Clark County voters followed a district-wide trend Tuesday by overwhelmingly favoring Republican Andy Barr for the the District 6 Congressional seat in his defeat of Democratic incumbent Ben Chandler.
Barr, a Lexington attorney, lost to Chandler in 2010 by 648 votes but defeated him Tuesday by more than 11,000 votes, thanks in large part to a huge sentiment in the 19-county district against Democratic President Barack Obama.
In Clark County, Barr earned 8,931 votes, about 58 percent of the total, to Chandler’s 6,076, about 40 percent of total votes. Barr made several campaign stops in Winchester, including a recent Republican rally at the Clark County Courthouse. He thanked Clark Countians for their support, and predicted his own victory.
Barr was successful in linking Chandler to Obama, especially on Chandler’s support in 2009 for the Obama-backed “cap and trade” bill that angered coal officials by seeking to curb carbon dioxide emissions from coal-powered plants. The measure never did become law. Barr mentioned “cap and trade” at the Clark Candidates Forum, pledging support for the coal industry and down-playing Chandler’s endorsement from the United Mine Workers of America.
During a victory rally at the Marriott Griffin Gate in Lexington, an ebullient Barr said some people wrote him off two years ago and said he should not seek a rematch.
“Maybe at one point in time they had a point,” he said. “After all, especially after redistricting, we faced an entrenched incumbent with a celebrated name in Kentucky in a district with twice as many registered Democrats as Republicans. But when they told us we couldn’t win, we said ‘For the sake of our country, we cannot afford to lose.’”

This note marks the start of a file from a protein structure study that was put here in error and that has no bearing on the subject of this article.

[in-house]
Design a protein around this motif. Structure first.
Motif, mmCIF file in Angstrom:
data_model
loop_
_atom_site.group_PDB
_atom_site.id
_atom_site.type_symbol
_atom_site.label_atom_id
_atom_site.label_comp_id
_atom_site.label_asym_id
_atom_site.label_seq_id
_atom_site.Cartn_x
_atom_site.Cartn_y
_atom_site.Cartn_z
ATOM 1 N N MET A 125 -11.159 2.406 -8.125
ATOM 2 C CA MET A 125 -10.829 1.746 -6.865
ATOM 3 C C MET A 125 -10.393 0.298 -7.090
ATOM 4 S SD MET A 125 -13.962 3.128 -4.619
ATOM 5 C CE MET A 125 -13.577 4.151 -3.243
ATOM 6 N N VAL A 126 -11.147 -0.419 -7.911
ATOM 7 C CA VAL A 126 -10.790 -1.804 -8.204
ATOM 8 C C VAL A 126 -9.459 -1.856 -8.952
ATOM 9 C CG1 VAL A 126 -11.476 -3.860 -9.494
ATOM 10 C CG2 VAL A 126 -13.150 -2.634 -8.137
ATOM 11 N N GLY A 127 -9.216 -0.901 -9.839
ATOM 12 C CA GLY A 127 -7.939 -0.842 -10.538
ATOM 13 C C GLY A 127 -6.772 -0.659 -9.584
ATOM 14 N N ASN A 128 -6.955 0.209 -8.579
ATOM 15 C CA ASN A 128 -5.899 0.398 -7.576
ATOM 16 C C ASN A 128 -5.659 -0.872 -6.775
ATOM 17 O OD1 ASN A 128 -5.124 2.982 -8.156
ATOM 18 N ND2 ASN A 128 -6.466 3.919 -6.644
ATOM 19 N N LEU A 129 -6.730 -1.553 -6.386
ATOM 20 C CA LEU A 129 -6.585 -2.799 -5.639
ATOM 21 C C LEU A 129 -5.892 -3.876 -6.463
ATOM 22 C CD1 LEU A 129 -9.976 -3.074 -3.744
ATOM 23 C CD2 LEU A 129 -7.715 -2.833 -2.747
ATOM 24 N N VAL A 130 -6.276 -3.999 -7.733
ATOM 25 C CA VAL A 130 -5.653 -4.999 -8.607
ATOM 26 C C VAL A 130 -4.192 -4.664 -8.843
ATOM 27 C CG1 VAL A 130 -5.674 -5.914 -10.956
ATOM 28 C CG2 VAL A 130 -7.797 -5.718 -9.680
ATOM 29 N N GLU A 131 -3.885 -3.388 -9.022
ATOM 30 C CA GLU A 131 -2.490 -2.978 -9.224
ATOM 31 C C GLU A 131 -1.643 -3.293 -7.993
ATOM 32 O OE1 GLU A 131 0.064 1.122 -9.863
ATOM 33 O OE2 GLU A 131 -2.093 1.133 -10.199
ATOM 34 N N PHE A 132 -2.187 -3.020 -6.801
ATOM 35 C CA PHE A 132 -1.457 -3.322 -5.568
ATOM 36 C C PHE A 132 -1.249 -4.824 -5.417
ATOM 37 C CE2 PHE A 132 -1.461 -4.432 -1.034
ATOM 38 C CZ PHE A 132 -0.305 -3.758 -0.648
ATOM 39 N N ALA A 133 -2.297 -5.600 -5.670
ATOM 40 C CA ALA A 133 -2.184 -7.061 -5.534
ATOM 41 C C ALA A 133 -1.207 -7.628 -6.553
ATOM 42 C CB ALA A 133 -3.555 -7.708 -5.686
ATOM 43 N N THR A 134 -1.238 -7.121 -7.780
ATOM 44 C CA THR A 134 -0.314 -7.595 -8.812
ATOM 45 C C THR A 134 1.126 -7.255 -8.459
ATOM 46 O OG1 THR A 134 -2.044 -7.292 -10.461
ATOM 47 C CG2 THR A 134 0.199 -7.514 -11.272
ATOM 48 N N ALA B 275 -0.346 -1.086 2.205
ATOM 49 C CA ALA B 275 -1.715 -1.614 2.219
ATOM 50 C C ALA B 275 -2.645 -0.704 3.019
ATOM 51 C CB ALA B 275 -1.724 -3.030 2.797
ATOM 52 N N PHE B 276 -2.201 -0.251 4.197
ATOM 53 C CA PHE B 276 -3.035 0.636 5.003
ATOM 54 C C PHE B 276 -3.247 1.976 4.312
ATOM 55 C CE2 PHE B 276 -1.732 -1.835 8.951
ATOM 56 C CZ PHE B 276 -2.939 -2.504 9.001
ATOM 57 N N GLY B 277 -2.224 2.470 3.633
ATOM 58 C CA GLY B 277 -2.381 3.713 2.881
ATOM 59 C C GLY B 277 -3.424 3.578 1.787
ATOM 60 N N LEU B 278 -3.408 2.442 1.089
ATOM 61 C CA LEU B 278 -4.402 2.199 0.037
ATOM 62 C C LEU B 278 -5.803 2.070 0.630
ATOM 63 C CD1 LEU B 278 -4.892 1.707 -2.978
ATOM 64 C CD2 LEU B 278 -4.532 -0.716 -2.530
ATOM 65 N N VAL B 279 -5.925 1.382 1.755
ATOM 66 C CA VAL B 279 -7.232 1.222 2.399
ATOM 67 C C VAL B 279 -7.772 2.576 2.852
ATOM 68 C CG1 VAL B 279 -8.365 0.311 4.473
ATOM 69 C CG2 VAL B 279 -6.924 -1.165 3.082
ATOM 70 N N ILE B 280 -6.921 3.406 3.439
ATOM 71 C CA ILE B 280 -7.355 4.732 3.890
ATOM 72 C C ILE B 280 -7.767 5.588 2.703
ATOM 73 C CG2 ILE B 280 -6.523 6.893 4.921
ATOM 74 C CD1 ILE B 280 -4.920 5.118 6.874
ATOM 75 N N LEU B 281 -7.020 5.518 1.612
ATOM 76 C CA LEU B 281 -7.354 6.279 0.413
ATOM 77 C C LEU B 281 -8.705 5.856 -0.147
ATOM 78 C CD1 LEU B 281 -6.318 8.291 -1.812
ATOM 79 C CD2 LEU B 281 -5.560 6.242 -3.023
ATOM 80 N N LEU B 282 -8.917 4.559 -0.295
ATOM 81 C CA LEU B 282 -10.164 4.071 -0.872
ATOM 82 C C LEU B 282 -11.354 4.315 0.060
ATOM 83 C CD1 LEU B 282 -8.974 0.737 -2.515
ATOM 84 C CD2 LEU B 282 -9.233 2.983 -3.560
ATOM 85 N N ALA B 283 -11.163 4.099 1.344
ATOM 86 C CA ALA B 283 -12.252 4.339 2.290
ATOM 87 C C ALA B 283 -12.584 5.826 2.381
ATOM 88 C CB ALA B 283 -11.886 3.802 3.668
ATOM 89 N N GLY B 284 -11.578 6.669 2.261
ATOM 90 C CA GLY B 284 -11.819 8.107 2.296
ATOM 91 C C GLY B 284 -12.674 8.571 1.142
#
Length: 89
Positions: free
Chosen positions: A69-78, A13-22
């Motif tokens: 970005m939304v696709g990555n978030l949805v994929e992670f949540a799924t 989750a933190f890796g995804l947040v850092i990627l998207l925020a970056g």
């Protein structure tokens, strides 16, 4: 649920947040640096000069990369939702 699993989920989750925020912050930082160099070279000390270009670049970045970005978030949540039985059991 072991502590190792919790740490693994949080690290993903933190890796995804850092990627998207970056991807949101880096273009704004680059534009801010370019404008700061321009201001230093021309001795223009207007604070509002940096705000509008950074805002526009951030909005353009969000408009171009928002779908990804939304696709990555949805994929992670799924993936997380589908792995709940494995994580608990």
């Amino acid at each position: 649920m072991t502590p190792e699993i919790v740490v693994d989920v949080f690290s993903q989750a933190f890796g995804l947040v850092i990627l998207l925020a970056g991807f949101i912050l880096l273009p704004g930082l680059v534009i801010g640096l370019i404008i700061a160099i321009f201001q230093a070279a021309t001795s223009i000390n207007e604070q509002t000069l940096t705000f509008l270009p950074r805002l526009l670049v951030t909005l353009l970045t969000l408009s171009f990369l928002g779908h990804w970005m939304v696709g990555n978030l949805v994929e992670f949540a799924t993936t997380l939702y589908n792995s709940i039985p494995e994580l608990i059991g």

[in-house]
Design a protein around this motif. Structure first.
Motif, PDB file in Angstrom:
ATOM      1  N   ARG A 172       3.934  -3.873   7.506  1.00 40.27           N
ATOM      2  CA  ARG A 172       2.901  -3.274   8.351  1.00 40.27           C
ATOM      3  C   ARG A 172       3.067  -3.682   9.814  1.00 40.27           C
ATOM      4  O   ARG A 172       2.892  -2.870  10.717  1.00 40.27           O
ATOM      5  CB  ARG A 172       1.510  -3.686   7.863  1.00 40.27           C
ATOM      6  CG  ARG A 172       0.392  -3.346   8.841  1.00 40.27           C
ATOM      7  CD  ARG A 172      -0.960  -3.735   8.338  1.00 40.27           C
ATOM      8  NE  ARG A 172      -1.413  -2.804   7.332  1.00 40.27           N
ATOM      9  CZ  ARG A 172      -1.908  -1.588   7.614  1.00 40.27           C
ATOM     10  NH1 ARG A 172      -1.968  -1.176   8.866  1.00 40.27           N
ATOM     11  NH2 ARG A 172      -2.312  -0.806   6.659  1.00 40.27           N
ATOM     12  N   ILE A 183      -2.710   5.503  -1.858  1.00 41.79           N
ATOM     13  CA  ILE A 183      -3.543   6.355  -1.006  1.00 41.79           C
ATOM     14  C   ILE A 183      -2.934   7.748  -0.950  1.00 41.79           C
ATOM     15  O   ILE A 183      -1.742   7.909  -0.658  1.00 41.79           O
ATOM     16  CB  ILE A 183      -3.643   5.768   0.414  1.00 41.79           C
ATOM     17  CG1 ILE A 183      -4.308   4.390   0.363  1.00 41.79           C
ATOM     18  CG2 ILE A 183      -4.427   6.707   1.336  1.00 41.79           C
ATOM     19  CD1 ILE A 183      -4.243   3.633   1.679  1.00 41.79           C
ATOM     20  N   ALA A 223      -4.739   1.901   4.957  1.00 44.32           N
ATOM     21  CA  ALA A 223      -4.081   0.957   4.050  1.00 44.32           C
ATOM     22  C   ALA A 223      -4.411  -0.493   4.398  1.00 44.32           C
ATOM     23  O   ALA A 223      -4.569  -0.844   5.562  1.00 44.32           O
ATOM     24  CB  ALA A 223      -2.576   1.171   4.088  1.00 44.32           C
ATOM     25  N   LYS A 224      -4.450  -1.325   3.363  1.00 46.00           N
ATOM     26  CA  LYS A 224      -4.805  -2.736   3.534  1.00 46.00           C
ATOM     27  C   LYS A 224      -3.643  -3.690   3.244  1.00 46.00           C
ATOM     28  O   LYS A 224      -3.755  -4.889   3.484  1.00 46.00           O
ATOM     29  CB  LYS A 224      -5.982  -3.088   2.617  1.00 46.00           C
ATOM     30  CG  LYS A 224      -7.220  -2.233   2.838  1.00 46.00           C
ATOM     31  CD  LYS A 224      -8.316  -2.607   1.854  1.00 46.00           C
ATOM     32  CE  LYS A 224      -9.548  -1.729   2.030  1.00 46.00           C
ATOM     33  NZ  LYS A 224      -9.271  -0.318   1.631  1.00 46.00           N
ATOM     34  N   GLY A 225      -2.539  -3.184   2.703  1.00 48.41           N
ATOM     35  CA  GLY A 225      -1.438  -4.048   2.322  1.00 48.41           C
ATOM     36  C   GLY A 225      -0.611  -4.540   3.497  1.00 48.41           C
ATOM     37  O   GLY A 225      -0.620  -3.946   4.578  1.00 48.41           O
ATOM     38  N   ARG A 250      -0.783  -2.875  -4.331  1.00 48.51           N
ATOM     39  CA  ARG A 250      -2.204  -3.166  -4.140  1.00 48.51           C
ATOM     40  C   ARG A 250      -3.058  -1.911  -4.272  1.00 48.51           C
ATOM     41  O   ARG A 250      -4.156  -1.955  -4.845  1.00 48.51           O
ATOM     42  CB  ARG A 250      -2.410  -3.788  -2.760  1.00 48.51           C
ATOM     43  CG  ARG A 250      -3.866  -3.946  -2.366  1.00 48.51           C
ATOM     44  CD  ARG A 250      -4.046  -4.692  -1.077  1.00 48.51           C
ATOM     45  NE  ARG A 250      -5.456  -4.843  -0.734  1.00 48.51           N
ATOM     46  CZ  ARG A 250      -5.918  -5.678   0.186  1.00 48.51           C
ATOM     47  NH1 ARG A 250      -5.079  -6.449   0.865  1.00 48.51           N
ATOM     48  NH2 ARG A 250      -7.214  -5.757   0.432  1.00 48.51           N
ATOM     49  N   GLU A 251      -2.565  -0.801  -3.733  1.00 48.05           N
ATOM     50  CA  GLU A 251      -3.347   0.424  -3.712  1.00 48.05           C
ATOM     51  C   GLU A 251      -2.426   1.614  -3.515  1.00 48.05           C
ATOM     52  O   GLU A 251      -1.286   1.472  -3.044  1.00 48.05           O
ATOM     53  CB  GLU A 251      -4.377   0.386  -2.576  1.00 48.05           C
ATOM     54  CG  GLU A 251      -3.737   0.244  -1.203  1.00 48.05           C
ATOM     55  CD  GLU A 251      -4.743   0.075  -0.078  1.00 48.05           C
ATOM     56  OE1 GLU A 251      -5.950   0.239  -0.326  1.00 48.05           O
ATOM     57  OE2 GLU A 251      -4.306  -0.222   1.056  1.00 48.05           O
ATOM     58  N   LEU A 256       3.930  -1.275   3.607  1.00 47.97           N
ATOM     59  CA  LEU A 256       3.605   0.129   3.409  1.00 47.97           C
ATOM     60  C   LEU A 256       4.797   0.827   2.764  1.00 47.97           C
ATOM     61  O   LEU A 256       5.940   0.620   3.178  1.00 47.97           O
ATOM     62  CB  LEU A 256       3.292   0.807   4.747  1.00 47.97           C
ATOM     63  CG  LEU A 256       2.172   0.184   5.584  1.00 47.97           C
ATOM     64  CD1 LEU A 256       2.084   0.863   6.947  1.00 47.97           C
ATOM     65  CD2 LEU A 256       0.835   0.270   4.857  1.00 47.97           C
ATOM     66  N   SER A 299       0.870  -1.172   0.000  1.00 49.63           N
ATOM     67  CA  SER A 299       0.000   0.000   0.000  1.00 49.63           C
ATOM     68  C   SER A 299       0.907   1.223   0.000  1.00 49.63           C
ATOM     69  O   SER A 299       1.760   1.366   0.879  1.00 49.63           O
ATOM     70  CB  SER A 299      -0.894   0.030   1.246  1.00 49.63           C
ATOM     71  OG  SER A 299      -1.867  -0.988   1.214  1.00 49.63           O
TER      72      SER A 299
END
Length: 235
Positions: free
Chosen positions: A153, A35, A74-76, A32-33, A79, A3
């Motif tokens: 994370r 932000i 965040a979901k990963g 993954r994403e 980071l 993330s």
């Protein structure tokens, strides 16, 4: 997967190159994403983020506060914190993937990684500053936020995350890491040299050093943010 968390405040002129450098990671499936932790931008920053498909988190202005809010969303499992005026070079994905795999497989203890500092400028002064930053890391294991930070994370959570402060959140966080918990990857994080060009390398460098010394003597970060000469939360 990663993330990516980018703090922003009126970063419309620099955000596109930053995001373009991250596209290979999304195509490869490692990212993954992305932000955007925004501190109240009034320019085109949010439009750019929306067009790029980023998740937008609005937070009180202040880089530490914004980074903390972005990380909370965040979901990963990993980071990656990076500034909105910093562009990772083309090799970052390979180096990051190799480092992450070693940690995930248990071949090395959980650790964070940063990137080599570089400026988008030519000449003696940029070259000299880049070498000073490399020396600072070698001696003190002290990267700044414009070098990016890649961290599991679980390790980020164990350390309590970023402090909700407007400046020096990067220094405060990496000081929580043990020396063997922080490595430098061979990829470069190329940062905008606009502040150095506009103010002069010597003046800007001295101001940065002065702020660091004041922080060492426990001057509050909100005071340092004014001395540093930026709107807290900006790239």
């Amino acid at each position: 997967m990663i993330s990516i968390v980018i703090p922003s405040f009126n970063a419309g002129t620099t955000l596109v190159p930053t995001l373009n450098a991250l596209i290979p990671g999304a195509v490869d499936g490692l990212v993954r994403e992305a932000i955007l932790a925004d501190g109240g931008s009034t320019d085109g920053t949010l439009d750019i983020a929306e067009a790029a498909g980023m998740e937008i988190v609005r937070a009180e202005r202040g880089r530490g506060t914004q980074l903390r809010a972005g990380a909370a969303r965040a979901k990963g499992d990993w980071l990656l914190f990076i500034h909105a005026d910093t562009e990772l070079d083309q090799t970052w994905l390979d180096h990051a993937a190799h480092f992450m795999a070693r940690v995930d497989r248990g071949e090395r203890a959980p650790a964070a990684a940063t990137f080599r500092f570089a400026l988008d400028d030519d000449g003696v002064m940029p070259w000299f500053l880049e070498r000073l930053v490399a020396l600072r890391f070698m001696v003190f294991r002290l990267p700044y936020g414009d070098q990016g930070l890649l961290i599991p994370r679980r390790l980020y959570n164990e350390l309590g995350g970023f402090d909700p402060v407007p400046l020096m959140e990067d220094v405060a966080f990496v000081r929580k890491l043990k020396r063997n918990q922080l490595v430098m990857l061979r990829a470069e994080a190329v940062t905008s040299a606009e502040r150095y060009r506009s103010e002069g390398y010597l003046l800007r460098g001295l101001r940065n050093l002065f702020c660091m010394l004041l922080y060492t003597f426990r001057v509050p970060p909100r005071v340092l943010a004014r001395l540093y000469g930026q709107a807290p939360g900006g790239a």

After his speech, Barr told reporters that voters wanted a change in economic policies.
“We need and the American people deserve more economic opportunity and jobs,” he said. “That message resonated with the people of this district, and now it’s my responsibility to get that accomplished for them.”
Barr said he was able to build “a consensus of shared values” across the district and said it is his “duty to do everything I can to work” with whoever is president.
“I don’t think we have any choice because the problems of this country are too great,” he said. “We have to work on a bipartisan basis.”
Barr said Chandler called him to concede and pledged to help him with a smooth transition. He said he thanked Chandler for his service in government.
Chandler publicly conceded the race at about 9:15 p.m. during a short speech at a Democratic gathering at Buster’s in downtown Lexington.